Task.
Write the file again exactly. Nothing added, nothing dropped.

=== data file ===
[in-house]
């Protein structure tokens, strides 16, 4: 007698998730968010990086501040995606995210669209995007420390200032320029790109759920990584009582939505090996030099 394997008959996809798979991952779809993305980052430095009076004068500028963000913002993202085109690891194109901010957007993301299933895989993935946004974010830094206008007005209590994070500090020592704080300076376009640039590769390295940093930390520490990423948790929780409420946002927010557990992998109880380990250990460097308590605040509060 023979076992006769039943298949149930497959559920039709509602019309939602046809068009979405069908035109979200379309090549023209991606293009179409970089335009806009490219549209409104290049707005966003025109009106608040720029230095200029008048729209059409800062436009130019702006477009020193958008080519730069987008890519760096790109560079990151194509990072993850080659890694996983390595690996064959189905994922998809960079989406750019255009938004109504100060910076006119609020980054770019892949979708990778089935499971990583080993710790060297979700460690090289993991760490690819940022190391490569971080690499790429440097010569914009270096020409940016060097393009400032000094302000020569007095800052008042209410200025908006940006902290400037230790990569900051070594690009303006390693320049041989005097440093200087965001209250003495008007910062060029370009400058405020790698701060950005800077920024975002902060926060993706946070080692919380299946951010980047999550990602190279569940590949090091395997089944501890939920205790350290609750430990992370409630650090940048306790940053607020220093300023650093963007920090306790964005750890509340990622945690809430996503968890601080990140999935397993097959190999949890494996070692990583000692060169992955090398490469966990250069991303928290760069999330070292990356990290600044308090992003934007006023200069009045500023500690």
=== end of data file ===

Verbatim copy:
[in-house]
């Protein structure tokens, strides 16, 4: 007698998730968010990086501040995606995210669209995007420390200032320029790109759920990584009582939505090996030099 394997008959996809798979991952779809993305980052430095009076004068500028963000913002993202085109690891194109901010957007993301299933895989993935946004974010830094206008007005209590994070500090020592704080300076376009640039590769390295940093930390520490990423948790929780409420946002927010557990992998109880380990250990460097308590605040509060 023979076992006769039943298949149930497959559920039709509602019309939602046809068009979405069908035109979200379309090549023209991606293009179409970089335009806009490219549209409104290049707005966003025109009106608040720029230095200029008048729209059409800062436009130019702006477009020193958008080519730069987008890519760096790109560079990151194509990072993850080659890694996983390595690996064959189905994922998809960079989406750019255009938004109504100060910076006119609020980054770019892949979708990778089935499971990583080993710790060297979700460690090289993991760490690819940022190391490569971080690499790429440097010569914009270096020409940016060097393009400032000094302000020569007095800052008042209410200025908006940006902290400037230790990569900051070594690009303006390693320049041989005097440093200087965001209250003495008007910062060029370009400058405020790698701060950005800077920024975002902060926060993706946070080692919380299946951010980047999550990602190279569940590949090091395997089944501890939920205790350290609750430990992370409630650090940048306790940053607020220093300023650093963007920090306790964005750890509340990622945690809430996503968890601080990140999935397993097959190999949890494996070692990583000692060169992955090398490469966990250069991303928290760069999330070292990356990290600044308090992003934007006023200069009045500023500690």